BA, MA, PhD (Sunderland), joined the University in 2005, after having worked as a visiting lecturer at Sunderland and the Open University. She has published in the fields of Contemporary Irish Drama, Contemporary Critical Theory, and Women's Writing in Ireland . She has recently completed a monograph entitled Brian Friel's Liminal Drama (Mellen), and a selection of essays entitled, Representing Ireland: Past Present and Future (University of Sunderland Press), and has recently completed a book for Edinburgh University Press entitled Drama: Text and Performance for the Elements of Literature series.

She is currently co-editing a selection of essays entitled Essays in Modern Irish Literature with Professor John Strachan and working on a selection of articles on the contemporary Irish playwright, Brian Friel and the nineteenth century playwright Dion Boucicault. She is also involved in a research project entitled Shopping with James Joyce: The Cultural History of Advertising in Nineteenth-Century Ireland with Professor John Strachan (University of Sunderland), Professor Stephen Regan (University of Durham) and Dr John Nash, (University of Durham).

Her research is reflected in her teaching and she currently runs modules on Irish literature at both undergraduate and postgraduate levels: these are, ‘The State of Play: Contemporary Irish Drama’; ‘The Living Stream: Contemporary Irish Poetry’, and ‘Strange Country: Irish Literature from 1790 – 1831’. She has also been centrally involved in the coordination and organisation of the five international Irish Studies conference hosted at the University of Sunderland, and is a member of Member of BAIS (British Association for Irish Studies); Member of IASIL (International Association for the study of Irish Literatures); NISN – Nordic Irish Studies Network; ACIS – American Conference for Irish Studies.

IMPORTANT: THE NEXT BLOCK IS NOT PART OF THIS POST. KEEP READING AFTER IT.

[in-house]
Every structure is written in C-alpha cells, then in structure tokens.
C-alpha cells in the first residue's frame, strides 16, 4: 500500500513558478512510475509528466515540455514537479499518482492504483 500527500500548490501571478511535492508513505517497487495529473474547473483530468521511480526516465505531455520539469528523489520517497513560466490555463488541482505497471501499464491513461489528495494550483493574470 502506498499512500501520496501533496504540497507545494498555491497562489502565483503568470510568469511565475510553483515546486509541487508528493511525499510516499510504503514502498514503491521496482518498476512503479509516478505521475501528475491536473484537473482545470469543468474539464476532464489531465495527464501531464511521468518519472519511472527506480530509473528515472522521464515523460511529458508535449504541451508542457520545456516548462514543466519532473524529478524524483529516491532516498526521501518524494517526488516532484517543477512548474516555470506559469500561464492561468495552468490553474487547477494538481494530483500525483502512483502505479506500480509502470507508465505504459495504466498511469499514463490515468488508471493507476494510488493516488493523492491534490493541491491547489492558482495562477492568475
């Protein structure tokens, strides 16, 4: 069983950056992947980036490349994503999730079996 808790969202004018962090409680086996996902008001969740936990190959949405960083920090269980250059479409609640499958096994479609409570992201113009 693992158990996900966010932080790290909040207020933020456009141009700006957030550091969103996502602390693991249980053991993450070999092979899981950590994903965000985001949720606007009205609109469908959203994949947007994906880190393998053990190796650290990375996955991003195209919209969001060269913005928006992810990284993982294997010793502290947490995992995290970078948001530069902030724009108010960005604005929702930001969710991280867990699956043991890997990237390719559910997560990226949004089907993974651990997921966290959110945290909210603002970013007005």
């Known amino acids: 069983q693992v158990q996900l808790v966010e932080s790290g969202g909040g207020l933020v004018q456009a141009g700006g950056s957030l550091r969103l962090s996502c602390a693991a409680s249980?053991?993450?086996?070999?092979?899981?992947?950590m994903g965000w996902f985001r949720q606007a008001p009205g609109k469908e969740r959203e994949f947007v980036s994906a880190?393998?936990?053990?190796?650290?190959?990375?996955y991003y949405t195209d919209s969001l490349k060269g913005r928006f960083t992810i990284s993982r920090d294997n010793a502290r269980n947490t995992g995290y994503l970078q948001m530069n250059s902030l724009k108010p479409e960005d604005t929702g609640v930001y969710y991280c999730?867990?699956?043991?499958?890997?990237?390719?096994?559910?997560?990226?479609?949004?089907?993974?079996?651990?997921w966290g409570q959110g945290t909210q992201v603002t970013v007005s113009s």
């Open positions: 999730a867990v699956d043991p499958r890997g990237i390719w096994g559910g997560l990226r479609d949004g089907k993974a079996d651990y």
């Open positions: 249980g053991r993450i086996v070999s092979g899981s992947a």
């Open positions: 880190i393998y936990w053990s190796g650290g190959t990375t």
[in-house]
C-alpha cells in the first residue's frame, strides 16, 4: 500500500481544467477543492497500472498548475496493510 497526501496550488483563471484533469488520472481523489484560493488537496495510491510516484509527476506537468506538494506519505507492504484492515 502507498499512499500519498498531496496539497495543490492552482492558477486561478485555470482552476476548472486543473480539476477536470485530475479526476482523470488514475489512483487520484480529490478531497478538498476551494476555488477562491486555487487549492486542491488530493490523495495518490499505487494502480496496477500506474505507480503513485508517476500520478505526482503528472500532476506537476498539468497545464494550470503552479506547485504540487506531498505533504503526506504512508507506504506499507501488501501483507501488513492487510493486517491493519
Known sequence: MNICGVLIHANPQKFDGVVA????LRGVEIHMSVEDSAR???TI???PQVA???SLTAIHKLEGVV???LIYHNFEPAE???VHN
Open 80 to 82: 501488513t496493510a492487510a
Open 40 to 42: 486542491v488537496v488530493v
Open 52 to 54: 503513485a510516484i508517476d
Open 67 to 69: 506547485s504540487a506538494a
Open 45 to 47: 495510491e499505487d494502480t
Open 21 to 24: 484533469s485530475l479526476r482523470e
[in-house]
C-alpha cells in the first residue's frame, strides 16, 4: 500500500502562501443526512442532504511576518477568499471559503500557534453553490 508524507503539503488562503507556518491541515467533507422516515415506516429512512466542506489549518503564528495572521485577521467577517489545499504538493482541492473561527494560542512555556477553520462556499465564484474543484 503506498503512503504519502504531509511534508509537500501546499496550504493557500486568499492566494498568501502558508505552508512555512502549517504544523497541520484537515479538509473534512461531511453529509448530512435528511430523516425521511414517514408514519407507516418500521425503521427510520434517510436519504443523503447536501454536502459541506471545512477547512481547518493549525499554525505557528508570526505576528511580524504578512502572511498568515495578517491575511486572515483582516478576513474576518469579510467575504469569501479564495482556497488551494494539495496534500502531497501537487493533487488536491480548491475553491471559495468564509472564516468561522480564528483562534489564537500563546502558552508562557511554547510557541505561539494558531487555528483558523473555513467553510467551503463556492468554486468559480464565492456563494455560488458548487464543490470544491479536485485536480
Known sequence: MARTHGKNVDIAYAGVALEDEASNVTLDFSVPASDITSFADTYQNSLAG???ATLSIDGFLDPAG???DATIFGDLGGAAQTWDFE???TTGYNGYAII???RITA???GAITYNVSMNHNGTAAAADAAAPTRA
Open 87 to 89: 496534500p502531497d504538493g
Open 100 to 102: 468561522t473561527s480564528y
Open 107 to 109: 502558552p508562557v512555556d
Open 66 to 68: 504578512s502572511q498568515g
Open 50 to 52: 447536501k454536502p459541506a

Volunteer Coordinator: Robert Finnigan

Robert first developed his re-awakened passion for Irish literature, while attending Alison O’Malley- Younger’s Irish Drama module as an undergraduate, where he challenged the notion Alison was making regarding a mythical figure- (hopefully Alison was impressed). Since then Robert has been involved with NEICN and Irish Studies at the University of Sunderland in many ways, along with Alison O’Malley- Younger and especially Colin Younger, in helping promote and encourage research into the various characteristics of Irish culture and society.

Robert’s main areas of interests lye in the realms of Irish mythology, folklore and legends, particularly tales of heroic battles, creatures of old and the myths of origin. He also possess a passion for Irish drama, in both English and Gaelic, while enjoying poetry by Irish authors, especially the works of Nuala Ni Dhomhnaill, W. B. Yeats, Charlotte Brooke and Seamus Heaney; it is drama and theatre that Robert finds his spirit lies.

Recently, Robert has begun to explore his taste for gothic literature, literature that emphasises mystery and horror, texts filled with ghost-haunted rooms, underground passages, and secret stairways, monsters of a time long forgotten and death. Although, it is particularly Irish gothic writers such as Sheridan Le Fanu, Charles Maturin, Maria Edgeworth and Bram Stoker that have become the focus his research. Ultimately it is the Irish Vampire in particular that appears to have captured his imagination.

The North East Irish Culture Network

The North East Irish Cultural Network (NEICN) is an academic association based at the Universities of Sunderland and Durham. It seeks to promote and encourage the study and teaching of all aspects of the society, culture and literature of the Republic of Ireland, Northern Ireland and the Irish Diaspora. NEICN organises seminars, symposia and conferences for scholars, Ph.D. students, teachers and other interested parties as well as hosting cultural events such as dance performances, poetry readings and musical evenings for the benefit of the community. NEICN also encourages discussion among members on topics of Irish interest, and promote and enhance the interest in Irish studies within the North of England and beyond.